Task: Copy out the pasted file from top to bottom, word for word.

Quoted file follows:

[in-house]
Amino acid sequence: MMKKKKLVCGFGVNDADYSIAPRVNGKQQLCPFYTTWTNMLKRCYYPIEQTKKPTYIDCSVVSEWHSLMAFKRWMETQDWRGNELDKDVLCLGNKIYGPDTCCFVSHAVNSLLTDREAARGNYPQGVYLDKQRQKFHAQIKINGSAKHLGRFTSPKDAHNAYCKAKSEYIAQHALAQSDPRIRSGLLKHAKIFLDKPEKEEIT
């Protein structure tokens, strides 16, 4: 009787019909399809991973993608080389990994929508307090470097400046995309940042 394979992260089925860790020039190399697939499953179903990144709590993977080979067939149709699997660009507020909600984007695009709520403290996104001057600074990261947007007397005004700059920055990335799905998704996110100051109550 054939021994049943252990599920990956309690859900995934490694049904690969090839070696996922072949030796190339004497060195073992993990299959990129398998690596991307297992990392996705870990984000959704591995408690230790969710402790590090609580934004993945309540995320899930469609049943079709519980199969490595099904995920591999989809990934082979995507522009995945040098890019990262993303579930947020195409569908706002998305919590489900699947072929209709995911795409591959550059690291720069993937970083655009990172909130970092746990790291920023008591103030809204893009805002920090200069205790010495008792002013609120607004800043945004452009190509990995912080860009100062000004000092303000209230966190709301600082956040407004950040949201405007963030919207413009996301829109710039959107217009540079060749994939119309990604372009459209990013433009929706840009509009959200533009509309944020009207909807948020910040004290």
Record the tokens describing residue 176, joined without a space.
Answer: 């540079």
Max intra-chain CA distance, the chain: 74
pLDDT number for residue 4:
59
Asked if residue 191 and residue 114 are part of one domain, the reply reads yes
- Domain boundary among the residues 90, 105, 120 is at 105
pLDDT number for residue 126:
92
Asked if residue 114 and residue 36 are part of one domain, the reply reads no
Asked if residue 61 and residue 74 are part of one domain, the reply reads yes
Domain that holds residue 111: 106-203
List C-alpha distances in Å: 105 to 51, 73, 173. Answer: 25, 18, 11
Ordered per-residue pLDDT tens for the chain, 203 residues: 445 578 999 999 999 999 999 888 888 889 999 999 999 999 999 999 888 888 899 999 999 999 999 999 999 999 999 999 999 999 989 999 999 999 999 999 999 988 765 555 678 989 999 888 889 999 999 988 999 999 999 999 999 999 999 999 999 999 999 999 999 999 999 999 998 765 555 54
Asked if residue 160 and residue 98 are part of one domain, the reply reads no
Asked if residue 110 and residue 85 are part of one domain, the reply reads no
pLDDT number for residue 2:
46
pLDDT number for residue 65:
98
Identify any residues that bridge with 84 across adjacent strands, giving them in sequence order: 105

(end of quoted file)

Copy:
[in-house]
Amino acid sequence: MMKKKKLVCGFGVNDADYSIAPRVNGKQQLCPFYTTWTNMLKRCYYPIEQTKKPTYIDCSVVSEWHSLMAFKRWMETQDWRGNELDKDVLCLGNKIYGPDTCCFVSHAVNSLLTDREAARGNYPQGVYLDKQRQKFHAQIKINGSAKHLGRFTSPKDAHNAYCKAKSEYIAQHALAQSDPRIRSGLLKHAKIFLDKPEKEEIT
């Protein structure tokens, strides 16, 4: 009787019909399809991973993608080389990994929508307090470097400046995309940042 394979992260089925860790020039190399697939499953179903990144709590993977080979067939149709699997660009507020909600984007695009709520403290996104001057600074990261947007007397005004700059920055990335799905998704996110100051109550 054939021994049943252990599920990956309690859900995934490694049904690969090839070696996922072949030796190339004497060195073992993990299959990129398998690596991307297992990392996705870990984000959704591995408690230790969710402790590090609580934004993945309540995320899930469609049943079709519980199969490595099904995920591999989809990934082979995507522009995945040098890019990262993303579930947020195409569908706002998305919590489900699947072929209709995911795409591959550059690291720069993937970083655009990172909130970092746990790291920023008591103030809204893009805002920090200069205790010495008792002013609120607004800043945004452009190509990995912080860009100062000004000092303000209230966190709301600082956040407004950040949201405007963030919207413009996301829109710039959107217009540079060749994939119309990604372009459209990013433009929706840009509009959200533009509309944020009207909807948020910040004290």
Record the tokens describing residue 176, joined without a space.
Answer: 């540079």
Max intra-chain CA distance, the chain: 74
pLDDT number for residue 4:
59
Asked if residue 191 and residue 114 are part of one domain, the reply reads yes
- Domain boundary among the residues 90, 105, 120 is at 105
pLDDT number for residue 126:
92
Asked if residue 114 and residue 36 are part of one domain, the reply reads no
Asked if residue 61 and residue 74 are part of one domain, the reply reads yes
Domain that holds residue 111: 106-203
List C-alpha distances in Å: 105 to 51, 73, 173. Answer: 25, 18, 11
Ordered per-residue pLDDT tens for the chain, 203 residues: 445 578 999 999 999 999 999 888 888 889 999 999 999 999 999 999 888 888 899 999 999 999 999 999 999 999 999 999 999 999 989 999 999 999 999 999 999 988 765 555 678 989 999 888 889 999 999 988 999 999 999 999 999 999 999 999 999 999 999 999 999 999 999 999 998 765 555 54
Asked if residue 160 and residue 98 are part of one domain, the reply reads no
Asked if residue 110 and residue 85 are part of one domain, the reply reads no
pLDDT number for residue 2:
46
pLDDT number for residue 65:
98
Identify any residues that bridge with 84 across adjacent strands, giving them in sequence order: 105